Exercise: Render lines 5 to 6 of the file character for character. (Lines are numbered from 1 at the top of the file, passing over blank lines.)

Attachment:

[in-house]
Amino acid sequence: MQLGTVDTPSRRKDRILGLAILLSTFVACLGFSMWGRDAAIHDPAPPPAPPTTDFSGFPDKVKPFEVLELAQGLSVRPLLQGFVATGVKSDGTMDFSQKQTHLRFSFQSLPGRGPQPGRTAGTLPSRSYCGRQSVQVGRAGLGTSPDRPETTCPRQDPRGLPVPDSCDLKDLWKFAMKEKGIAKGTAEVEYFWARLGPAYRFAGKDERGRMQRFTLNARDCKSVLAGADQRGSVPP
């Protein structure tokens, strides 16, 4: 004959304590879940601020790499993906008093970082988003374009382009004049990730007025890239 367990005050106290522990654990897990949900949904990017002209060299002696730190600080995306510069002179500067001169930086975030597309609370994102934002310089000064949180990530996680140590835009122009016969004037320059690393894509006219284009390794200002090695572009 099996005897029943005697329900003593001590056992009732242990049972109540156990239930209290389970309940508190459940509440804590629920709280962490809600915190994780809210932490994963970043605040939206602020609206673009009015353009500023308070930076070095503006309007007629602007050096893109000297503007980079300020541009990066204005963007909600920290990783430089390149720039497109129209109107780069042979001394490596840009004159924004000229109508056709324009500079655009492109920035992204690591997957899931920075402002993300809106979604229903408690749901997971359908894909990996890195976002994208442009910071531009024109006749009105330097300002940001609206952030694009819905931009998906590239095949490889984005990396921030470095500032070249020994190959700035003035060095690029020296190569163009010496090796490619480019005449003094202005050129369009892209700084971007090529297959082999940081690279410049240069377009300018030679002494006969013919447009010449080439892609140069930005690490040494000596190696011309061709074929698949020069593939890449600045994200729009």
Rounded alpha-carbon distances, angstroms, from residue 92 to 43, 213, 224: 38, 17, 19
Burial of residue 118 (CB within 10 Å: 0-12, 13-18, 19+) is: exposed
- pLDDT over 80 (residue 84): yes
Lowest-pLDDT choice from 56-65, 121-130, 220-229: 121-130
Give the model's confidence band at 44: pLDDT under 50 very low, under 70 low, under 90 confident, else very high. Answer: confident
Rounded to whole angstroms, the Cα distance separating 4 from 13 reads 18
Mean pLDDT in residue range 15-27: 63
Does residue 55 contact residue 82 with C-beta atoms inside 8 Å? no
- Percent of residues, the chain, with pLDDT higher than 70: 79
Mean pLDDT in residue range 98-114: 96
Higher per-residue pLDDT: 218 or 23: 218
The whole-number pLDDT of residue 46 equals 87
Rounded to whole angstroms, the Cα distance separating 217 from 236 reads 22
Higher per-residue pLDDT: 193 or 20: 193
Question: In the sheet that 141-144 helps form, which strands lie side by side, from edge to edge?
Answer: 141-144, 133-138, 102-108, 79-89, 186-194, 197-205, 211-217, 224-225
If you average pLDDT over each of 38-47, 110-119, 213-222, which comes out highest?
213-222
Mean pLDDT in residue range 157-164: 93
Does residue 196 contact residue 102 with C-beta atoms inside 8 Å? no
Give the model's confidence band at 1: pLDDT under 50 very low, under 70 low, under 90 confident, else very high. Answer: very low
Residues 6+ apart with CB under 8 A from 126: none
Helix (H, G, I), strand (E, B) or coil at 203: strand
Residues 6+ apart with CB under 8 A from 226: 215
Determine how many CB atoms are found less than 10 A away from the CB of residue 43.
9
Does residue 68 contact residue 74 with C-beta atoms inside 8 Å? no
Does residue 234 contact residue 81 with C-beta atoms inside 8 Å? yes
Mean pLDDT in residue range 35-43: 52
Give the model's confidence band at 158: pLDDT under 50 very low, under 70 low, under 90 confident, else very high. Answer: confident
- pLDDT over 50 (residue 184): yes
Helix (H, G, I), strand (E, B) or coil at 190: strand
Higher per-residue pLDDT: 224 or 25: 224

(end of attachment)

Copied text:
Burial of residue 118 (CB within 10 Å: 0-12, 13-18, 19+) is: exposed
- pLDDT over 80 (residue 84): yes